This was not about the “great social divide” This was about a New York man who was here in the 80s and had a horrible time and this was his get back. B-more has a THRIVING black culinary community that includes establishments like Darker that Blue (on Greenmount), the soul food joint on 25th and Calvert (GR8 if you haven’t been there!) and Milton’s BBQ on charles, not to mention Lexington Market and Tyrone’s Chicken. As a matter of fact, I would have WELCOMED a show specifically on black culinary culture. Imagine hitting up a family reunion in Druid Hill park in the summer! Or an after church dinner on a spring Sunday.
Instead, we get the Travel Channel version of some kind of erstaz Frontline episode. This is not acceptable. The Travel Channel should be ashamed of itself for this segment. I was under the impression that TC was created to entice people to travel.
If they want to to make a social statement, do something on woman trafficking, opium abuse or Tong based crime in all of those exotic cities they send their porn face professional eaters to cover.
Bourdian is so full of sh**. He did a disservice to this city by turning his back on our black, Jewish, Polish, German, Latino, Italian culinary culture as a whole.
Commentors will say, “well 19 people were shot on Saturday” and I say watch PBS or CNN. It’s TERRIBLE that crime stats in certain neighborhoods are high, but that is not indicative of the entire city and certainly not appropriate for a show or network that’s supposed to encourage travel. If 19 people were shot on a fine English sunday, in Moss Side, would you think twice about visiting London? I think not. And the Travel Channel would certainly not focus on it.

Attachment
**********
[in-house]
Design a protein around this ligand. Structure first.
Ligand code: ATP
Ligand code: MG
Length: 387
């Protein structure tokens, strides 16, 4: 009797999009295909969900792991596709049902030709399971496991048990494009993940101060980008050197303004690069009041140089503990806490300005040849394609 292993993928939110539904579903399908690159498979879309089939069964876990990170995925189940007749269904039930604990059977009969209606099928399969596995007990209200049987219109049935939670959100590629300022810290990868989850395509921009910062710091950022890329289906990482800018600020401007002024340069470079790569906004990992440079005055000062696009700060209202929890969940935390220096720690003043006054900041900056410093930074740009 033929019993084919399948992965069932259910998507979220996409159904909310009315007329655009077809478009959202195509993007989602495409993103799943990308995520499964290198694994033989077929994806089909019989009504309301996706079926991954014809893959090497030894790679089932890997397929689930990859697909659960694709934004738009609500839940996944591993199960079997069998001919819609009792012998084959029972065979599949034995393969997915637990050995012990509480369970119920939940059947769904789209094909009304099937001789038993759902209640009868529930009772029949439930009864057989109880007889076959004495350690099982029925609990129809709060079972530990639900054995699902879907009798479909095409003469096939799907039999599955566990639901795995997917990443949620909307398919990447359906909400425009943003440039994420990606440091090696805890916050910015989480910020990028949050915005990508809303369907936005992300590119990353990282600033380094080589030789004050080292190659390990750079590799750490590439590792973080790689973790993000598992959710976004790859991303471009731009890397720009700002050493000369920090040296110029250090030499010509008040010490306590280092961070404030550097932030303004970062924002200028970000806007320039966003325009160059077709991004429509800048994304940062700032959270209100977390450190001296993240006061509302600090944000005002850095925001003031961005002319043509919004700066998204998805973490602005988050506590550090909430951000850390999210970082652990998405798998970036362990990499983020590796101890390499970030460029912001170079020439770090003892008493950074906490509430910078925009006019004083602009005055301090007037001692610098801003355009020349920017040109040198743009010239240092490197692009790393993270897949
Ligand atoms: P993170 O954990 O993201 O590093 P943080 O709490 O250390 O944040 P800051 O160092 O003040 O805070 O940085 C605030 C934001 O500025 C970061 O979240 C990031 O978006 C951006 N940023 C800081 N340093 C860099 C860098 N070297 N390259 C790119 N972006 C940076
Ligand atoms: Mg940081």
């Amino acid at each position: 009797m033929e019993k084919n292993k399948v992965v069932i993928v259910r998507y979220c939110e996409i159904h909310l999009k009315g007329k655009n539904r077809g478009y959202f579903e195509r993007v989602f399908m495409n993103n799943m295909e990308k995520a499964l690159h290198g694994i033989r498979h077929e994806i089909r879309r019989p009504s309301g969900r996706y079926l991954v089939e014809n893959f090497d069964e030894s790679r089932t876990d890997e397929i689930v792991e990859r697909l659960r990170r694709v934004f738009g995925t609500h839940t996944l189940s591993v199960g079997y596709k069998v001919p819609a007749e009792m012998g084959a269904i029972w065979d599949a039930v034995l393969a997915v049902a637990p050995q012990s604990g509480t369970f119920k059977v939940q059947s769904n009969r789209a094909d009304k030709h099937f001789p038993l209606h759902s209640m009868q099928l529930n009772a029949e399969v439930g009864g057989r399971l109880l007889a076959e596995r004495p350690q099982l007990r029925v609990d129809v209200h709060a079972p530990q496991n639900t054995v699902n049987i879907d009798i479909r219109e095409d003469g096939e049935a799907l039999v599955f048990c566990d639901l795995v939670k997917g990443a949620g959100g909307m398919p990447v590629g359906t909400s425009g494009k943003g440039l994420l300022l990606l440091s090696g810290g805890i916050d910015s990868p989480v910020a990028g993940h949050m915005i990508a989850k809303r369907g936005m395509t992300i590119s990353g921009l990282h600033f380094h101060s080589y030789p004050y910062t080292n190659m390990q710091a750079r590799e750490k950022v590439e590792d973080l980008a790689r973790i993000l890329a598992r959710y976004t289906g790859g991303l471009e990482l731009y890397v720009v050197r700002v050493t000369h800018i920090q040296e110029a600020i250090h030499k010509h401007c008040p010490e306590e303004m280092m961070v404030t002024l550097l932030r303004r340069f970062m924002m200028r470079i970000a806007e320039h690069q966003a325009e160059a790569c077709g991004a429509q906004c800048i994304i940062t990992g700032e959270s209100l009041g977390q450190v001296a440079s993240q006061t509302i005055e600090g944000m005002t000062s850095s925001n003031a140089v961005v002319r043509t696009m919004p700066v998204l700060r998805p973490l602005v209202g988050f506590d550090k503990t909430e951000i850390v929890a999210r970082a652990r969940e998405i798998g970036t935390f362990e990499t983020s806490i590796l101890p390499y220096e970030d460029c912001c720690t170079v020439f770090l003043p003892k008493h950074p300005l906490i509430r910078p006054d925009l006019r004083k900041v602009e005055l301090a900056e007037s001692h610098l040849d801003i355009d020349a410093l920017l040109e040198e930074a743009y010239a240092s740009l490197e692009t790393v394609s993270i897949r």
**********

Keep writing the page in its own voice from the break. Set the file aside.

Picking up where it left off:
n short, FU Bourdain! You’ve lost a bunch of viewers and quite a few fans. Do you care? Probably not, but in a time when viewers are being sought after like nuggets of airwave gold, this show has caused a few more eyes to turn away from the channel as a whole.

July 28, 2009 at 7:20 pm
(2) baltimore says:

Thanks for sharing your comments JMG.


July 30, 2009 at 5:13 pm
(3) SRS says:

He could have been more optimistic and talked about areas like Fells Point, Little Italy, Inner Harbor, Canton, and Federal Hill. The different markets and independent restaurants around Baltimore are nice too. Baltimore is rough town with high crime and murder rates. I thought the show was negative, but fitting. It could have been worse. He did not say anything about the corrupt mayor or the “block”.

Are you really going to compare London (pop 7,556,900) to Baltimore (pop 636,919) with 19 shootings?

February 26, 2010 at 6:35 am
(4) James Elliman says:

Moss Side is actually in Manchester, a city 200 miles North of London, so the comparison doesn’t quite equate.

However, I see the point your making.


Leave a Comment

Line and paragraph breaks are automatic. Some HTML allowed: <a href="" title="">, <b>, <i>, <strike>

©2014 About.com. All rights reserved.